David Kendall


In Gulf cities the rapid development of urban infrastructures transforms the built environment. In these settings electrical light sculpts new architectural landscapes, reorganises boundaries and visually erodes soon-to-be forgotten neighbourhoods erased by structural change. At night in Doha, Qatar artificial light and built environment fuse together to form fresh visual landscapes.  The afterglow of overhanging floodlights merges with fluctuating climatic conditions to guide the focal direction. Therefore, revealing or hiding the ‘seen or unseen’ in architectural sites occupied by an unsettled expatiate workforce rebuilding cityscapes. Crumbling sites become saturated and cloaked by the diffused electric light generated by 24-hour construction sites.

In addition, temporality is an important structural component; the luminosity of building sites extends beyond the foreground, projected on existing facades, walls, buildings and streets. Sensory experiences of photography juxtapose with perceptual manifestations of resettlement whilst roaming at night. Overtime construction fences and hoardings are put up and buildings taken down changing the over-illuminated landscape. In residential streets atmospheres emerge that appear to be silent yet in reality never sleep in the sky glow enveloping the biosphere. Consequently, the camera exposes traces of human occupation and precarious social infrastructures. Spaces where people rest, worship and trade in the glare of construction Thus, activating new discourse about planning processes, heritage and environmental impacts of migration, construction and infrastructure development along the Arabian Peninsula.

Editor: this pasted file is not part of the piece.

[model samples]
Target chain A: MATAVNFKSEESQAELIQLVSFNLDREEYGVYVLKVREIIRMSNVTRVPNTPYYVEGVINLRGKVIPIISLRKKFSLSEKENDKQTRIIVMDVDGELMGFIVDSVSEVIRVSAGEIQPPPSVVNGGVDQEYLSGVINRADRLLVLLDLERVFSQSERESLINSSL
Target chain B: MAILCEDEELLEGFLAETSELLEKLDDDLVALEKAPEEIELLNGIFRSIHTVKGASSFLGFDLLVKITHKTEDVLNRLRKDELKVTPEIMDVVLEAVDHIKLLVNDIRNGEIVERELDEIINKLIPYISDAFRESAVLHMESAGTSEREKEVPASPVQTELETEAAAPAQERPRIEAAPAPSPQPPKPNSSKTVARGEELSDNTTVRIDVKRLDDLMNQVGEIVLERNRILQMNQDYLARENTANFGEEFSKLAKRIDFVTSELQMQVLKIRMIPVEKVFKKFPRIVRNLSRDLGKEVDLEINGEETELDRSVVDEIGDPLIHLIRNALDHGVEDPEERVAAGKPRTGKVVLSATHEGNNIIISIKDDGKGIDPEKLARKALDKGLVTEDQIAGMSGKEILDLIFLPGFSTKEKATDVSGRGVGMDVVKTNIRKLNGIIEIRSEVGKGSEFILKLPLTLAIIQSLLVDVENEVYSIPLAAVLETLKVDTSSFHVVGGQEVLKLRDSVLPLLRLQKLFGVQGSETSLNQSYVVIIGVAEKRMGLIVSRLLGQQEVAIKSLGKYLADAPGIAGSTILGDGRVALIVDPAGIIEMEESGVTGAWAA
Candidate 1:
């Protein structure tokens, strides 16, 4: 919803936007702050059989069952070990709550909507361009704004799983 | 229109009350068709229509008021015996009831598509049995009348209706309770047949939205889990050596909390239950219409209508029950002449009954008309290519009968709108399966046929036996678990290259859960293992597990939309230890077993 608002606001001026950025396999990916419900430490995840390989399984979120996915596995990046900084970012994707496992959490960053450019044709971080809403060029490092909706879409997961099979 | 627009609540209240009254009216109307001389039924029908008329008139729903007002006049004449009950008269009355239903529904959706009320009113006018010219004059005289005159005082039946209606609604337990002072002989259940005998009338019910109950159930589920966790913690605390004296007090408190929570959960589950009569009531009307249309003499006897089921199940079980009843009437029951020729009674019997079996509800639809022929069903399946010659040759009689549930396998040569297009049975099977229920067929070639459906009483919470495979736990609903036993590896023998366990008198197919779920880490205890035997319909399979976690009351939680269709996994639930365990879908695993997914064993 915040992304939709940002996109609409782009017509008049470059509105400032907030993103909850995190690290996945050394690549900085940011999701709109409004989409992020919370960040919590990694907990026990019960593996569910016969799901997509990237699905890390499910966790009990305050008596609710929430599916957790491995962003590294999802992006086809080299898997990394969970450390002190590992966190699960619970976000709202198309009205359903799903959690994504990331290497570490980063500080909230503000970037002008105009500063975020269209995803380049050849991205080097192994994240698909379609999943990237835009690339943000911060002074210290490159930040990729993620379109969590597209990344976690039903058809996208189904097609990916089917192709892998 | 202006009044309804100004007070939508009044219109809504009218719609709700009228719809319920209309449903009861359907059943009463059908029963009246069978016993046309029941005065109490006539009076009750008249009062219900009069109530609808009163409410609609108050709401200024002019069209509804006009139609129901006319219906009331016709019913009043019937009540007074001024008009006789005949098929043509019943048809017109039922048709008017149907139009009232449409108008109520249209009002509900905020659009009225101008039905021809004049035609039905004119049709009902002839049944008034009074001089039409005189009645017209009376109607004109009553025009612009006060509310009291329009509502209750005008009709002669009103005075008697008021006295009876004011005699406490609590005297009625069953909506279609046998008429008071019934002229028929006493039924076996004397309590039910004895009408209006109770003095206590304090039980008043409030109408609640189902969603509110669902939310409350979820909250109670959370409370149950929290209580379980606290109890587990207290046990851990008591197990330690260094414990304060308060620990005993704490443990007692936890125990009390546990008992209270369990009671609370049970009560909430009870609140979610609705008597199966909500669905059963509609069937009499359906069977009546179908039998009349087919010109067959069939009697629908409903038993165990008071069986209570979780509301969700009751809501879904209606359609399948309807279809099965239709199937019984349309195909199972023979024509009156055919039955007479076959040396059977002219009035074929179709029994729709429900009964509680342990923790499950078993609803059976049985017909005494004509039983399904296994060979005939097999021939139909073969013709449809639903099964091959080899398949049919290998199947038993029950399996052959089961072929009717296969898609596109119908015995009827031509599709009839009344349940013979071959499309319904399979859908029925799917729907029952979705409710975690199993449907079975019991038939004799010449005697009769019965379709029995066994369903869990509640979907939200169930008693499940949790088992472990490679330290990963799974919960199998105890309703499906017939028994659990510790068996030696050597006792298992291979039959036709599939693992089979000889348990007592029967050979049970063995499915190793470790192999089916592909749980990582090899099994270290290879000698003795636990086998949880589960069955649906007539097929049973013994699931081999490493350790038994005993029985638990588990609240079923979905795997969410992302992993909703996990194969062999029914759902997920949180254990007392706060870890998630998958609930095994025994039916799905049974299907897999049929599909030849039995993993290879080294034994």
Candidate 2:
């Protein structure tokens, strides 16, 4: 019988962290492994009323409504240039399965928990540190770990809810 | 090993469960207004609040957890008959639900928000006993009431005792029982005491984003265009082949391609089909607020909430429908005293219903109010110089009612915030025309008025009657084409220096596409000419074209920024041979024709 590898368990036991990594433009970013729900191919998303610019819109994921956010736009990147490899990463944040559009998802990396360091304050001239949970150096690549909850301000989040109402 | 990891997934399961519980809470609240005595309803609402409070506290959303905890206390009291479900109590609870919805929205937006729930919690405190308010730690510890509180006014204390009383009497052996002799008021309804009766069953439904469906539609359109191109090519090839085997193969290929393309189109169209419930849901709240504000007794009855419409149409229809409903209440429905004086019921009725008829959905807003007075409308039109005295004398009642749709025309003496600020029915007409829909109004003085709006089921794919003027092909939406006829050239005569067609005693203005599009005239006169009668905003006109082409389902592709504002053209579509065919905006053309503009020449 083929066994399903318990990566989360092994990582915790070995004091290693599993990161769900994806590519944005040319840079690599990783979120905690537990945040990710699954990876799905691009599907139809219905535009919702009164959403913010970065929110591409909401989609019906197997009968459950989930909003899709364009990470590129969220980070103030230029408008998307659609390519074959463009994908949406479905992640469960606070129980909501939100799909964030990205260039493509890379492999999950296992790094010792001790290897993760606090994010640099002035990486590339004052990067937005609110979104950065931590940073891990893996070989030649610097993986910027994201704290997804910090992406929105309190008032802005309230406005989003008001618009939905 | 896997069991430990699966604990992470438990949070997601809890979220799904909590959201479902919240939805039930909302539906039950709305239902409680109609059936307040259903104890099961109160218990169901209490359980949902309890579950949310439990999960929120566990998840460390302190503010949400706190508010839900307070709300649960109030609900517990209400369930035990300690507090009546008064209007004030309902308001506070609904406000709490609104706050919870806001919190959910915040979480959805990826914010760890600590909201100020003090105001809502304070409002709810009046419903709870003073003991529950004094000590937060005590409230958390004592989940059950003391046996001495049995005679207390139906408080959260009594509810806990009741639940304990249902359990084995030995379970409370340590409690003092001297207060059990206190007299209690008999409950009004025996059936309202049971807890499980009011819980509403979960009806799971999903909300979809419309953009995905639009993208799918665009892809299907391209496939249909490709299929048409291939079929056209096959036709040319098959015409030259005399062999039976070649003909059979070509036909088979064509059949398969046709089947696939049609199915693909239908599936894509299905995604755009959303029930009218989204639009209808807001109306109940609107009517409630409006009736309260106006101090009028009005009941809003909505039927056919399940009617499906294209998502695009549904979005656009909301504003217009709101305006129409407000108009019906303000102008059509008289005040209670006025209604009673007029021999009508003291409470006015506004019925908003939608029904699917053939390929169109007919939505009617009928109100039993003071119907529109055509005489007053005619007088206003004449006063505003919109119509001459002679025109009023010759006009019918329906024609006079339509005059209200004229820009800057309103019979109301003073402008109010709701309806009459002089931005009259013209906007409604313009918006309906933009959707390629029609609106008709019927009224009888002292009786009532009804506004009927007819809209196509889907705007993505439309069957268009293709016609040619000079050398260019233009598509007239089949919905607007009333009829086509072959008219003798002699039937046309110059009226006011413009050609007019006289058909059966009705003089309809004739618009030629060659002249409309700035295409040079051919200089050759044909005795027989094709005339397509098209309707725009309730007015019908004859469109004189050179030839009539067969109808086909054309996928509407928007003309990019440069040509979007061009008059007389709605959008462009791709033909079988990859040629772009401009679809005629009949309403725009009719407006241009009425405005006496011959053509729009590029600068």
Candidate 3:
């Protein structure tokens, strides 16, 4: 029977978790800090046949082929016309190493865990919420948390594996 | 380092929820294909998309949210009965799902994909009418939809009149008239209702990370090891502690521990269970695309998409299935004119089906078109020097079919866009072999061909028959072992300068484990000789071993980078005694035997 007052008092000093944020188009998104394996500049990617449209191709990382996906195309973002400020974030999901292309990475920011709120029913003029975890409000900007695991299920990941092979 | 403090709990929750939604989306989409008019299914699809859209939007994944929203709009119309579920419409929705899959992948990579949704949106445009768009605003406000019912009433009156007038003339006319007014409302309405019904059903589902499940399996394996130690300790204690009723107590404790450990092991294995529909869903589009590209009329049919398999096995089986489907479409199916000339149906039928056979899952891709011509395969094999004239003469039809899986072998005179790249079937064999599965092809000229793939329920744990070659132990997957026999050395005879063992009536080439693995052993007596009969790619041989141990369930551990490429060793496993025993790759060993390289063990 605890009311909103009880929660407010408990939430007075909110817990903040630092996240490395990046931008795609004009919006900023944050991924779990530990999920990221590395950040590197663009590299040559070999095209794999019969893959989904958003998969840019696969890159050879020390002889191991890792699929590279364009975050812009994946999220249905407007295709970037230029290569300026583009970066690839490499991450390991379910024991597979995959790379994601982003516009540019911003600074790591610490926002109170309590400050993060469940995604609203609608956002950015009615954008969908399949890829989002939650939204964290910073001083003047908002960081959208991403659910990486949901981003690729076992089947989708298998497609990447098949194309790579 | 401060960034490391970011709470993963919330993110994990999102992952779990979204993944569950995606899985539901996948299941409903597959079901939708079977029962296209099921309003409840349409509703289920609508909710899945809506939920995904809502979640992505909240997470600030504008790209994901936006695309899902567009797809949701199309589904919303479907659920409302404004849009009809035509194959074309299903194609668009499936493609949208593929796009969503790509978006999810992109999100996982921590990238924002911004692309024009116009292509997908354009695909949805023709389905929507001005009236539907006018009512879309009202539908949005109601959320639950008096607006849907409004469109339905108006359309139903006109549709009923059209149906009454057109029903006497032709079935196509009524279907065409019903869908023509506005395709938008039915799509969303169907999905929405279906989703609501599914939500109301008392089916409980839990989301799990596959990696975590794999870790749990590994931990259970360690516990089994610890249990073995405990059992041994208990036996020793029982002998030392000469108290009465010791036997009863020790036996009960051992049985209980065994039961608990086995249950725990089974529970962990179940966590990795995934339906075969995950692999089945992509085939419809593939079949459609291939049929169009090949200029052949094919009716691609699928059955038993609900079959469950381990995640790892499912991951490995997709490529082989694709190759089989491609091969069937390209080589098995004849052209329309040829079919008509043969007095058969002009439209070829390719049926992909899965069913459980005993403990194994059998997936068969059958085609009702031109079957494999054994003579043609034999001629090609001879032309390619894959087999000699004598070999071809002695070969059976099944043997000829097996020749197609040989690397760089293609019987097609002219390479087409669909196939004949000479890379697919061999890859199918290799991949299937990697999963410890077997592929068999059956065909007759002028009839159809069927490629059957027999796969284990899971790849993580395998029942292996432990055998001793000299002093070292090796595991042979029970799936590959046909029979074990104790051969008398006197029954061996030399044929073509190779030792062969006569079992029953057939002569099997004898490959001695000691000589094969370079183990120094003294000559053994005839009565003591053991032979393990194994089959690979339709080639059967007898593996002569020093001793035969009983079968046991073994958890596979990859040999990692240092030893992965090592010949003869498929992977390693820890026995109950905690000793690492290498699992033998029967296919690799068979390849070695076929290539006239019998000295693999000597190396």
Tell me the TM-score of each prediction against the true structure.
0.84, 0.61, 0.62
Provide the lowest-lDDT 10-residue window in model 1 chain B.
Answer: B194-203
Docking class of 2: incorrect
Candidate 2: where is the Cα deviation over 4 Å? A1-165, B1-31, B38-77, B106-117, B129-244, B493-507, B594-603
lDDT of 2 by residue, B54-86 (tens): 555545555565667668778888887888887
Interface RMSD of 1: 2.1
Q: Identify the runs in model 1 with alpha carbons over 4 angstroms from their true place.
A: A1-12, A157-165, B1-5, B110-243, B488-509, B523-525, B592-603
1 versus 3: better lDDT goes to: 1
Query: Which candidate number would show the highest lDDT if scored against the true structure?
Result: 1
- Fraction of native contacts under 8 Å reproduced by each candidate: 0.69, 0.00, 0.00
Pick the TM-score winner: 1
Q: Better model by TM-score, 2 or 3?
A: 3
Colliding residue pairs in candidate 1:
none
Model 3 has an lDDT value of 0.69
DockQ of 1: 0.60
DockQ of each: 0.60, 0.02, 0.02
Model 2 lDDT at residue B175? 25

David Kendall’s practice explores how spatial, economic and design initiatives, as well as participatory practices, combine to encourage social and spatial interconnections or dissonance in cities. He utilises visual archives, mapping
and events to generate audio-visual and site-specific artworks. His photographs, spatial research and collaborative projects have been exhibited and presented in museums and institutes around the world, including: The British Library, London, UK, ETNOFILm, Ethnographic Museum of Istria, Rovinj, Croatia, Jüdisches Museum Berlin, Germany, Centro Cultural Manuel Gómez Morín, Querétaro, Mexicó and Tate Britain, London, UK. David Kendall is a visiting fellow within the Centre for Urban and Community Research, Goldsmiths, University of London, UK.


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